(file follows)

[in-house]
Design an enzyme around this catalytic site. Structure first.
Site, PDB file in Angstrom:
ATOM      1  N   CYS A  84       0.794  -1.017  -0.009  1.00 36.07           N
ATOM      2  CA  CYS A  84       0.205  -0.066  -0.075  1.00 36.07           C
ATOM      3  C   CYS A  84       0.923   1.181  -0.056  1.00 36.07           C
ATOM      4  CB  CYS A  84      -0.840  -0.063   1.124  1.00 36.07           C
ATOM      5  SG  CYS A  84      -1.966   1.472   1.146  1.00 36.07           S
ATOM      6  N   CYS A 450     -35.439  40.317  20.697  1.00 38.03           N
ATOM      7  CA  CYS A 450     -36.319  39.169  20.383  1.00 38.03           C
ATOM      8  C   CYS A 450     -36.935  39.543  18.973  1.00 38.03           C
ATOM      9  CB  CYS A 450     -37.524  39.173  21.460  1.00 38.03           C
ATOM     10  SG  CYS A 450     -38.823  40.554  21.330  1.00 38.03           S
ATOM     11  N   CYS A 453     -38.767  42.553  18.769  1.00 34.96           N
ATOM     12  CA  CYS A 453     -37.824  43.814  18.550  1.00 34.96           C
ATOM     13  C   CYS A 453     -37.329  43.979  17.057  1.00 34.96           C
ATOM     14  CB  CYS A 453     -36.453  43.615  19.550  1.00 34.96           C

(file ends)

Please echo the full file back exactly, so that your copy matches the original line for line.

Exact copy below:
[in-house]
Design an enzyme around this catalytic site. Structure first.
Site, PDB file in Angstrom:
ATOM      1  N   CYS A  84       0.794  -1.017  -0.009  1.00 36.07           N
ATOM      2  CA  CYS A  84       0.205  -0.066  -0.075  1.00 36.07           C
ATOM      3  C   CYS A  84       0.923   1.181  -0.056  1.00 36.07           C
ATOM      4  CB  CYS A  84      -0.840  -0.063   1.124  1.00 36.07           C
ATOM      5  SG  CYS A  84      -1.966   1.472   1.146  1.00 36.07           S
ATOM      6  N   CYS A 450     -35.439  40.317  20.697  1.00 38.03           N
ATOM      7  CA  CYS A 450     -36.319  39.169  20.383  1.00 38.03           C
ATOM      8  C   CYS A 450     -36.935  39.543  18.973  1.00 38.03           C
ATOM      9  CB  CYS A 450     -37.524  39.173  21.460  1.00 38.03           C
ATOM     10  SG  CYS A 450     -38.823  40.554  21.330  1.00 38.03           S
ATOM     11  N   CYS A 453     -38.767  42.553  18.769  1.00 34.96           N
ATOM     12  CA  CYS A 453     -37.824  43.814  18.550  1.00 34.96           C
ATOM     13  C   CYS A 453     -37.329  43.979  17.057  1.00 34.96           C
ATOM     14  CB  CYS A 453     -36.453  43.615  19.550  1.00 34.96           C